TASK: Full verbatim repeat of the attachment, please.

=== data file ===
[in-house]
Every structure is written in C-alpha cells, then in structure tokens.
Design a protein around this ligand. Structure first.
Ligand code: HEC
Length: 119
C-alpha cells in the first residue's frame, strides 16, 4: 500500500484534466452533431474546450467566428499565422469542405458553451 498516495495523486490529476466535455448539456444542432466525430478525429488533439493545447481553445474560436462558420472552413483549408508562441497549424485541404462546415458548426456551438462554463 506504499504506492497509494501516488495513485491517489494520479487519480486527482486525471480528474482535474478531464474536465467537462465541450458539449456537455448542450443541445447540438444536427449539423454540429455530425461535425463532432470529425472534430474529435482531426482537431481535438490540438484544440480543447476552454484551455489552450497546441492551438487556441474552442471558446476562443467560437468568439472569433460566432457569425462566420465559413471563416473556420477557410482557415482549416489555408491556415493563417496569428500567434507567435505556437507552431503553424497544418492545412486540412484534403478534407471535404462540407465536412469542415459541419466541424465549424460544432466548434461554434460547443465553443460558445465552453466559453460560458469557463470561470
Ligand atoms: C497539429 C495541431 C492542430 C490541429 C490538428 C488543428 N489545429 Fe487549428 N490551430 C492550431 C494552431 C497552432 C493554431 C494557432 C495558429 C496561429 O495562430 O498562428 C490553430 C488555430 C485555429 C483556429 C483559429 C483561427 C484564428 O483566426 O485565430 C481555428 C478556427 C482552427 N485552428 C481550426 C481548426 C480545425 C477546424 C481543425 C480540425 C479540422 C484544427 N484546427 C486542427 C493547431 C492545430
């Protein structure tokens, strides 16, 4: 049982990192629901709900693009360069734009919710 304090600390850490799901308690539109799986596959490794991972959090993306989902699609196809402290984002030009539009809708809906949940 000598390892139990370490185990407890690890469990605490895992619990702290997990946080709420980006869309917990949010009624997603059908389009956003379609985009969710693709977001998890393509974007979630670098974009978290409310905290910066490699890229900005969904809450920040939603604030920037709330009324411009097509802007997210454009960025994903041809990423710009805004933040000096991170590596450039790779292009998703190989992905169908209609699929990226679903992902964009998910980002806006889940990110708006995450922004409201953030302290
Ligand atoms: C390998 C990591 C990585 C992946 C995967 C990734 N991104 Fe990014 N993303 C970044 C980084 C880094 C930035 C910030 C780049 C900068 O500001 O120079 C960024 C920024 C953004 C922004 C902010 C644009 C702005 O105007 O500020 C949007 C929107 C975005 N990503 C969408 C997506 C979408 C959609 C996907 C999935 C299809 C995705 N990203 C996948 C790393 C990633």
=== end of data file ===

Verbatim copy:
[in-house]
Every structure is written in C-alpha cells, then in structure tokens.
Design a protein around this ligand. Structure first.
Ligand code: HEC
Length: 119
C-alpha cells in the first residue's frame, strides 16, 4: 500500500484534466452533431474546450467566428499565422469542405458553451 498516495495523486490529476466535455448539456444542432466525430478525429488533439493545447481553445474560436462558420472552413483549408508562441497549424485541404462546415458548426456551438462554463 506504499504506492497509494501516488495513485491517489494520479487519480486527482486525471480528474482535474478531464474536465467537462465541450458539449456537455448542450443541445447540438444536427449539423454540429455530425461535425463532432470529425472534430474529435482531426482537431481535438490540438484544440480543447476552454484551455489552450497546441492551438487556441474552442471558446476562443467560437468568439472569433460566432457569425462566420465559413471563416473556420477557410482557415482549416489555408491556415493563417496569428500567434507567435505556437507552431503553424497544418492545412486540412484534403478534407471535404462540407465536412469542415459541419466541424465549424460544432466548434461554434460547443465553443460558445465552453466559453460560458469557463470561470
Ligand atoms: C497539429 C495541431 C492542430 C490541429 C490538428 C488543428 N489545429 Fe487549428 N490551430 C492550431 C494552431 C497552432 C493554431 C494557432 C495558429 C496561429 O495562430 O498562428 C490553430 C488555430 C485555429 C483556429 C483559429 C483561427 C484564428 O483566426 O485565430 C481555428 C478556427 C482552427 N485552428 C481550426 C481548426 C480545425 C477546424 C481543425 C480540425 C479540422 C484544427 N484546427 C486542427 C493547431 C492545430
């Protein structure tokens, strides 16, 4: 049982990192629901709900693009360069734009919710 304090600390850490799901308690539109799986596959490794991972959090993306989902699609196809402290984002030009539009809708809906949940 000598390892139990370490185990407890690890469990605490895992619990702290997990946080709420980006869309917990949010009624997603059908389009956003379609985009969710693709977001998890393509974007979630670098974009978290409310905290910066490699890229900005969904809450920040939603604030920037709330009324411009097509802007997210454009960025994903041809990423710009805004933040000096991170590596450039790779292009998703190989992905169908209609699929990226679903992902964009998910980002806006889940990110708006995450922004409201953030302290
Ligand atoms: C390998 C990591 C990585 C992946 C995967 C990734 N991104 Fe990014 N993303 C970044 C980084 C880094 C930035 C910030 C780049 C900068 O500001 O120079 C960024 C920024 C953004 C922004 C902010 C644009 C702005 O105007 O500020 C949007 C929107 C975005 N990503 C969408 C997506 C979408 C959609 C996907 C999935 C299809 C995705 N990203 C996948 C790393 C990633």